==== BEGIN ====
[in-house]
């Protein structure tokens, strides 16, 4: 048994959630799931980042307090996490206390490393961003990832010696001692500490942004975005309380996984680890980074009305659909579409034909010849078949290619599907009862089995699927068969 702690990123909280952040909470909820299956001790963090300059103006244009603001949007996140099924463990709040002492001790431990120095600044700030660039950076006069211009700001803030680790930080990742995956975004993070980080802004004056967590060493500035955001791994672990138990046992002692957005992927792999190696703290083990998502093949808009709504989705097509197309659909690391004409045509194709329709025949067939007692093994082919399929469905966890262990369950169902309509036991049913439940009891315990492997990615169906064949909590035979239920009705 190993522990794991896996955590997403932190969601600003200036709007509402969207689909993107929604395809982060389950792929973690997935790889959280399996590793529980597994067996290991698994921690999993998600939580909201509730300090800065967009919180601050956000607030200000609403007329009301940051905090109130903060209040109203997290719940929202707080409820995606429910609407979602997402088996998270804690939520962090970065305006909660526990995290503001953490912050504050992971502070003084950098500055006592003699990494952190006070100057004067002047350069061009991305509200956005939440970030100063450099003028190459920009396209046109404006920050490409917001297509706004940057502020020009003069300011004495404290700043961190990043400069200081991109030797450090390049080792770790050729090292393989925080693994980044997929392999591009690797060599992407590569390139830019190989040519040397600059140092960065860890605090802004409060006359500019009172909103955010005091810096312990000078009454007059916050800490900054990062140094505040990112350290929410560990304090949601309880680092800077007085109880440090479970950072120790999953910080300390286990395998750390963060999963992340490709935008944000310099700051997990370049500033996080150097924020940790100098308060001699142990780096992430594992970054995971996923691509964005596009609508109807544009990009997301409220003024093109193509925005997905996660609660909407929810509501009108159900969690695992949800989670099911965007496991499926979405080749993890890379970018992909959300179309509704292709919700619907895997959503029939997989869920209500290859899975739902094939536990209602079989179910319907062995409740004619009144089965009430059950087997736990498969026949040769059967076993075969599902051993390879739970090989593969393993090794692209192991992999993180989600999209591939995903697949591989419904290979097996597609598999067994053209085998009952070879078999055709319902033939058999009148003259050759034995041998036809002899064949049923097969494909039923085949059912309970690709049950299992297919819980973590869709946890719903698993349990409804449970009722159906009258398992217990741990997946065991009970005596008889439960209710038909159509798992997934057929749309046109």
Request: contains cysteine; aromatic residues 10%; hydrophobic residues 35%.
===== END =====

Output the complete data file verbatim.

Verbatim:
[in-house]
């Protein structure tokens, strides 16, 4: 048994959630799931980042307090996490206390490393961003990832010696001692500490942004975005309380996984680890980074009305659909579409034909010849078949290619599907009862089995699927068969 702690990123909280952040909470909820299956001790963090300059103006244009603001949007996140099924463990709040002492001790431990120095600044700030660039950076006069211009700001803030680790930080990742995956975004993070980080802004004056967590060493500035955001791994672990138990046992002692957005992927792999190696703290083990998502093949808009709504989705097509197309659909690391004409045509194709329709025949067939007692093994082919399929469905966890262990369950169902309509036991049913439940009891315990492997990615169906064949909590035979239920009705 190993522990794991896996955590997403932190969601600003200036709007509402969207689909993107929604395809982060389950792929973690997935790889959280399996590793529980597994067996290991698994921690999993998600939580909201509730300090800065967009919180601050956000607030200000609403007329009301940051905090109130903060209040109203997290719940929202707080409820995606429910609407979602997402088996998270804690939520962090970065305006909660526990995290503001953490912050504050992971502070003084950098500055006592003699990494952190006070100057004067002047350069061009991305509200956005939440970030100063450099003028190459920009396209046109404006920050490409917001297509706004940057502020020009003069300011004495404290700043961190990043400069200081991109030797450090390049080792770790050729090292393989925080693994980044997929392999591009690797060599992407590569390139830019190989040519040397600059140092960065860890605090802004409060006359500019009172909103955010005091810096312990000078009454007059916050800490900054990062140094505040990112350290929410560990304090949601309880680092800077007085109880440090479970950072120790999953910080300390286990395998750390963060999963992340490709935008944000310099700051997990370049500033996080150097924020940790100098308060001699142990780096992430594992970054995971996923691509964005596009609508109807544009990009997301409220003024093109193509925005997905996660609660909407929810509501009108159900969690695992949800989670099911965007496991499926979405080749993890890379970018992909959300179309509704292709919700619907895997959503029939997989869920209500290859899975739902094939536990209602079989179910319907062995409740004619009144089965009430059950087997736990498969026949040769059967076993075969599902051993390879739970090989593969393993090794692209192991992999993180989600999209591939995903697949591989419904290979097996597609598999067994053209085998009952070879078999055709319902033939058999009148003259050759034995041998036809002899064949049923097969494909039923085949059912309970690709049950299992297919819980973590869709946890719903698993349990409804449970009722159906009258398992217990741990997946065991009970005596008889439960209710038909159509798992997934057929749309046109």
Request: contains cysteine; aromatic residues 10%; hydrophobic residues 35%.